Book reviews are subjective. I tend to rate books not according to how “perfect” they are, seem to be, or are said to be in general but rather to how perfect they are to me.
My rating: 3 of 5 stars
(Click the title to find the book description/blurb.)
Asher Lev, now a husband and father living in France, has become a world-renowned artist, even as his art continues to grate against his Hasidic Jewish observance. He’s stayed away from the rest of his family and Jewish community back in Brooklyn, but the passing of his uncle draws Asher into a difficult and perplexing journey he isn’t prepared for in The Gift of Asher Lev by Chaim Potok.
Now, in all honesty, if I hadn’t already gotten to know and relate to Asher in the preceding novel, My Name is Asher Lev, one of my all-time favorite books, it’s doubtful that I would have stuck with this sequel from start to finish. The walk through this novel was rather dry and tedious to me at times, but I remained curious to see where this mysterious, mystical leg of Asher’s journey would lead.
Besides, I already knew how this author’s measured and understated but intentional plot development can eventually bring certain details and questions into startling light, which does happen in places in this story.
I couldn’t put into a book review all the reasons why I relate to Asher, an artist, even as I, a writer, don’t share his rather somber outlook on life or what life apparently must be for a serious creative. And for personal reasons I won’t get into, this story wound up angering a part of me—which nothing in the novel could resolve.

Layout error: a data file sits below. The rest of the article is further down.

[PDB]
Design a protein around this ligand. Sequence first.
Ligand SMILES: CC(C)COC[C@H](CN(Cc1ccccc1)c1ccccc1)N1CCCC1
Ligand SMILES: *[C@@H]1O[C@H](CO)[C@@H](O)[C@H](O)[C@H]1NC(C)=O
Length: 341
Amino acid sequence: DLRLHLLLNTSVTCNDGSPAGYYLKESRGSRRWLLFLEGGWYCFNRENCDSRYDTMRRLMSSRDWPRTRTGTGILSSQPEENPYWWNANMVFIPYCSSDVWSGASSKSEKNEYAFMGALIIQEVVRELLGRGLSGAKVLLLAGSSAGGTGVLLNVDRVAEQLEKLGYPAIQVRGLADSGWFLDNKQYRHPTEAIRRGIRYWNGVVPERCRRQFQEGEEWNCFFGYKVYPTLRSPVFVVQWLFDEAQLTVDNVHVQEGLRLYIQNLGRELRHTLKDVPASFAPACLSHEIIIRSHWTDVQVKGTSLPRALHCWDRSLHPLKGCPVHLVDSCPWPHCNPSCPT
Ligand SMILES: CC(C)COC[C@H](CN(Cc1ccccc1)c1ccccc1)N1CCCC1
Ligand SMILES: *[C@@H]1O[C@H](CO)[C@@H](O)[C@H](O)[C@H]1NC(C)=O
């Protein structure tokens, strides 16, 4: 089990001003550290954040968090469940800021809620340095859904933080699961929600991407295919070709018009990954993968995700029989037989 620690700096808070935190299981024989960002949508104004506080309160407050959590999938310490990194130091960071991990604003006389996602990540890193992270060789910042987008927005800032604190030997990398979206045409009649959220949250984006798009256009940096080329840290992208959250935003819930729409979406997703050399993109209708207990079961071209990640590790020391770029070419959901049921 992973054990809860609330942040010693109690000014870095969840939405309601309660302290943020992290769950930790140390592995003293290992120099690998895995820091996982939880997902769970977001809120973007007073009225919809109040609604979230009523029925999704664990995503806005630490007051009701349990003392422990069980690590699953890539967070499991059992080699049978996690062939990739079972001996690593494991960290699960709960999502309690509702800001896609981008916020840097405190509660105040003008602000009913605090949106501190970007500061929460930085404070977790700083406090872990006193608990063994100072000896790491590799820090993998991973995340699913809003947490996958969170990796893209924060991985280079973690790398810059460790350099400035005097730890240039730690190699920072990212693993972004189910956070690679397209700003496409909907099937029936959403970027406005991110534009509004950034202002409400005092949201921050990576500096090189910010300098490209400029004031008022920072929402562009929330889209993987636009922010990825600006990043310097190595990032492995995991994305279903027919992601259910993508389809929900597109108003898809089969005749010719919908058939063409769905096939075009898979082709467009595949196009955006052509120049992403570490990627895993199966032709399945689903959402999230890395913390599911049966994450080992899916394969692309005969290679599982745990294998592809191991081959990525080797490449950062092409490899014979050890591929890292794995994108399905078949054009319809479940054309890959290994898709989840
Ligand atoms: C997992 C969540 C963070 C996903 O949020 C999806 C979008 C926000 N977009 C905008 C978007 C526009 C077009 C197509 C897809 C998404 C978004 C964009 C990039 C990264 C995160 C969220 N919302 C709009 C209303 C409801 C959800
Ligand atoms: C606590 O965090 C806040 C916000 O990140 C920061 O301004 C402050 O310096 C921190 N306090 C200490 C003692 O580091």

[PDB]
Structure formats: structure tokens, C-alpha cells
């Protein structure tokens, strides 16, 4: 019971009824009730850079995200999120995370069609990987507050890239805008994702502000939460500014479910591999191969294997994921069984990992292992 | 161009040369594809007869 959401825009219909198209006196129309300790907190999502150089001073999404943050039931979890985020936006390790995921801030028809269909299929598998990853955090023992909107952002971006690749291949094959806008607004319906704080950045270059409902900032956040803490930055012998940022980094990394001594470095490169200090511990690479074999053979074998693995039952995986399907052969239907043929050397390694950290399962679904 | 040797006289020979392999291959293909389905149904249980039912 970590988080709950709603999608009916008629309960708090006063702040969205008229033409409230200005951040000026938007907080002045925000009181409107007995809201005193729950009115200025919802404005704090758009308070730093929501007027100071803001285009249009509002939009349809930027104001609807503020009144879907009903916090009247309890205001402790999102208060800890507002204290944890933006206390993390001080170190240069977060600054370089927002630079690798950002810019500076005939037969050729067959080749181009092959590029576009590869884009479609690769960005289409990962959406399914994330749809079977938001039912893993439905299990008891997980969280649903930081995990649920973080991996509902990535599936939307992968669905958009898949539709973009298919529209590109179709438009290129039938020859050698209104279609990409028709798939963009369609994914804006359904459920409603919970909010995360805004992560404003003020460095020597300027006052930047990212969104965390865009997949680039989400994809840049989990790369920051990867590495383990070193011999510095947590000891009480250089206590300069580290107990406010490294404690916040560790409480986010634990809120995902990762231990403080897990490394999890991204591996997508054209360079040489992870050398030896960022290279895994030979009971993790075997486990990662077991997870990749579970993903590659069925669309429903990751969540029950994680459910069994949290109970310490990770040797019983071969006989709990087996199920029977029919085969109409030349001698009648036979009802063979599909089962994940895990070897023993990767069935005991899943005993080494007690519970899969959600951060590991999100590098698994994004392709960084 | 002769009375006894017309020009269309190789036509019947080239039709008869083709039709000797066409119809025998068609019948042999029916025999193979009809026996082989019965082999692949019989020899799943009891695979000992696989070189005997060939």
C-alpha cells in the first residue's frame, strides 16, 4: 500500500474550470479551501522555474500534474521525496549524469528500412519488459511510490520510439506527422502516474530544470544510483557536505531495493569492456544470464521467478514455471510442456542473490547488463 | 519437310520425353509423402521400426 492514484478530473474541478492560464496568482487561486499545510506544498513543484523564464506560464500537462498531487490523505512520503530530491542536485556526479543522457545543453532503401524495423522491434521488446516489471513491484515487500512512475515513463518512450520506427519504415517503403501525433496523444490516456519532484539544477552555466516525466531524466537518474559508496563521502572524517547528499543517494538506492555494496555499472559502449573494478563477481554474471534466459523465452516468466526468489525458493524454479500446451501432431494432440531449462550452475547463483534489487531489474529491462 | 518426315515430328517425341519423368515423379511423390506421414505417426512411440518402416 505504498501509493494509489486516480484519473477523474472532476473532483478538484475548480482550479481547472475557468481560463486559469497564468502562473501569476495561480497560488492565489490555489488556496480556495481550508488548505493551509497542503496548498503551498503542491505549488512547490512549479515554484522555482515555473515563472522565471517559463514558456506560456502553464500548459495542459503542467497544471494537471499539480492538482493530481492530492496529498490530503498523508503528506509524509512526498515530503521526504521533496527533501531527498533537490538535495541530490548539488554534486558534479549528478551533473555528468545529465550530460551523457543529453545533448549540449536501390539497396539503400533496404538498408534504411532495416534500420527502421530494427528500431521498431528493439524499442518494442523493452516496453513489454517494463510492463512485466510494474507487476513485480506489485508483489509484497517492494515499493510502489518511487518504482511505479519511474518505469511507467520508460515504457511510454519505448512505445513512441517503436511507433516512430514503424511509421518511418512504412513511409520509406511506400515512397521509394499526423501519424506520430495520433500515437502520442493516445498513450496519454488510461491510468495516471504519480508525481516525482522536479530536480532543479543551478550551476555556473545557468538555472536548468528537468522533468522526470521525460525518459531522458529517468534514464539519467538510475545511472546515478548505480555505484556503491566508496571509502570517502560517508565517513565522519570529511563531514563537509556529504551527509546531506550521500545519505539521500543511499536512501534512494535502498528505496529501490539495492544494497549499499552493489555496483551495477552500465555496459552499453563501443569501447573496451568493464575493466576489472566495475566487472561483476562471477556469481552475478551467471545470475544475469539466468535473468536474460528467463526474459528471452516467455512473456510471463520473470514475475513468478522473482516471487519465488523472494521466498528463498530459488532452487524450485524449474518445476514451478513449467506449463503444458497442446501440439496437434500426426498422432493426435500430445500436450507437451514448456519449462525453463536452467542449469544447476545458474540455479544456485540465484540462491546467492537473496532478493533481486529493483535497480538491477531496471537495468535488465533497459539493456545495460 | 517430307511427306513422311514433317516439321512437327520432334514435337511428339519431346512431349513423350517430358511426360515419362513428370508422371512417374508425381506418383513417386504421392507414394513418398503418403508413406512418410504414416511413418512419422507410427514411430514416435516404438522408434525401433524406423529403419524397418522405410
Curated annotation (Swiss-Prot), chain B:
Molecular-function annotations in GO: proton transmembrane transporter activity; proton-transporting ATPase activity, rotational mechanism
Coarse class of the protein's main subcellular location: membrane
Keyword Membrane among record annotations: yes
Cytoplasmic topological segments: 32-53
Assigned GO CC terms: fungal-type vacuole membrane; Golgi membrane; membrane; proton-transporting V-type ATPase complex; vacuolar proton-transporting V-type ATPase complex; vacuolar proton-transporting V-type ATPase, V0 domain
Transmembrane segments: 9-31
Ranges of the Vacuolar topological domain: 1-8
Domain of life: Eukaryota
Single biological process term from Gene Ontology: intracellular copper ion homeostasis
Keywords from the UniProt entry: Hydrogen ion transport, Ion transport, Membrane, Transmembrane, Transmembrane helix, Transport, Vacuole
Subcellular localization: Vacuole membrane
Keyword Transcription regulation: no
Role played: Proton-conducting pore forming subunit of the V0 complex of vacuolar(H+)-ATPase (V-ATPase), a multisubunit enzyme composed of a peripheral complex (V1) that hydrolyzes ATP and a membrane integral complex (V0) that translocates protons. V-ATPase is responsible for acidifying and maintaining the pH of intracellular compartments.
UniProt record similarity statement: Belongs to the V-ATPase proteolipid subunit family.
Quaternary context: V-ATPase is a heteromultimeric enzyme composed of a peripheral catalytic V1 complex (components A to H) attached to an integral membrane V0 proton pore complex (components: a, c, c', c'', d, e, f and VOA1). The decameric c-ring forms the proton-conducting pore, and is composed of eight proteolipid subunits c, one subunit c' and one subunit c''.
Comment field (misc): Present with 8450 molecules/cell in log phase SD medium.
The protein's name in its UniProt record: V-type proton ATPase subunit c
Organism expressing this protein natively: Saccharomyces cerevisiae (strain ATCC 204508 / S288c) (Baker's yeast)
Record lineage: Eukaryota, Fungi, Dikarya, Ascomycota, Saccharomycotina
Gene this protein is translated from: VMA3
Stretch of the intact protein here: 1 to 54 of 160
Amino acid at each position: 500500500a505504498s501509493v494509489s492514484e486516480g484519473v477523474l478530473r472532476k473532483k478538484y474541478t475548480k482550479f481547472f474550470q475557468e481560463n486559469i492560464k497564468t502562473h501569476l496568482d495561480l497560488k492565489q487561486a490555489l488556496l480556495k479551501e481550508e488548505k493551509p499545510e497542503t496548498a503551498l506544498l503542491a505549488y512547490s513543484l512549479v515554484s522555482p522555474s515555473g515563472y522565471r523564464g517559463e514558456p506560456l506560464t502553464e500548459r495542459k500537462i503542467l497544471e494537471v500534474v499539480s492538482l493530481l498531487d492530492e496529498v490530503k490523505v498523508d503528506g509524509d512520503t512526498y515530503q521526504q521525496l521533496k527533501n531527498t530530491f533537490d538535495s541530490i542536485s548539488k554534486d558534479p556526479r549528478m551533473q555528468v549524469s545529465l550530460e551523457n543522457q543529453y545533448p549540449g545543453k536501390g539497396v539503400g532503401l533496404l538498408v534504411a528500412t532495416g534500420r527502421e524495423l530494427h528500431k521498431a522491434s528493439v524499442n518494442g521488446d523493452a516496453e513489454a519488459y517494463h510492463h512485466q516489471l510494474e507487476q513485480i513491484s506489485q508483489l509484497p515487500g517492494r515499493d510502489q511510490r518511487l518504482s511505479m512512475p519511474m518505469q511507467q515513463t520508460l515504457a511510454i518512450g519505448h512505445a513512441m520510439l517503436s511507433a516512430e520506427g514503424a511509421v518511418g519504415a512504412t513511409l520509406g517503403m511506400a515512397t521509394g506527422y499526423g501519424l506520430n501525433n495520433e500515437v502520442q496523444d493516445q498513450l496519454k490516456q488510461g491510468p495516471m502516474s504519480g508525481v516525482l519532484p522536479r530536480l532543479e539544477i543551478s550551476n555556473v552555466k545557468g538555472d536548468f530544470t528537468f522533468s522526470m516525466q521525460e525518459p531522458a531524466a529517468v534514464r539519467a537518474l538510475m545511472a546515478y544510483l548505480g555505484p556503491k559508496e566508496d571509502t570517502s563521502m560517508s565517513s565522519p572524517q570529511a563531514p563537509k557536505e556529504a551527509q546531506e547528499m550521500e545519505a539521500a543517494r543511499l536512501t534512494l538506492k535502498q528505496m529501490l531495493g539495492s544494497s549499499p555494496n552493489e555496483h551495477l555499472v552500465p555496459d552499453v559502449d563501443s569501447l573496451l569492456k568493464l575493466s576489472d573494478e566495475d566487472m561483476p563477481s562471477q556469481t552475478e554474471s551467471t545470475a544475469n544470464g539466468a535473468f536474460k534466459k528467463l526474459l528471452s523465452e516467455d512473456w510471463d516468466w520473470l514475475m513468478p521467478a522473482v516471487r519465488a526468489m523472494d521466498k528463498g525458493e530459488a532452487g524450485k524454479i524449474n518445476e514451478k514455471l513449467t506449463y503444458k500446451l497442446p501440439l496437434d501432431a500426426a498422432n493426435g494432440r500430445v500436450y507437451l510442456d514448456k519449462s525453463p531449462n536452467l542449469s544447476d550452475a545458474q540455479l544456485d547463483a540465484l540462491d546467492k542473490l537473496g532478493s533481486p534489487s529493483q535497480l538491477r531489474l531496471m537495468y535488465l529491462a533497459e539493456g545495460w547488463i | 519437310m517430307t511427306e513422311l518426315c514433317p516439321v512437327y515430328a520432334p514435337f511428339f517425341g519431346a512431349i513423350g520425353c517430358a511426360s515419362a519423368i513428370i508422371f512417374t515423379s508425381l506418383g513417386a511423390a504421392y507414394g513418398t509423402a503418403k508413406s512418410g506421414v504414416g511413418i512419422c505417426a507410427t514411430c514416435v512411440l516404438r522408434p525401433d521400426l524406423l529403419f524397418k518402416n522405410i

Nevertheless, the story served to further impress upon me my takeaways from the previous book, concerning the tension of the unfathomable mystery that can come along with a profound gift. In an essential echo of one of my takeaways from The Chosen, another all-time favorite of mine by this author: greatness is not, and need not be, easily understood.
Note to my blog readers: this book contains a minimal amount of profanity and some sensual material mostly in regards to art but some non-graphic descriptions in relation to married love. There is, however, an instance of crude sexual language (from an elderly character) that I could’ve done without. 😀
Here’s my review of My Name is Asher Lev.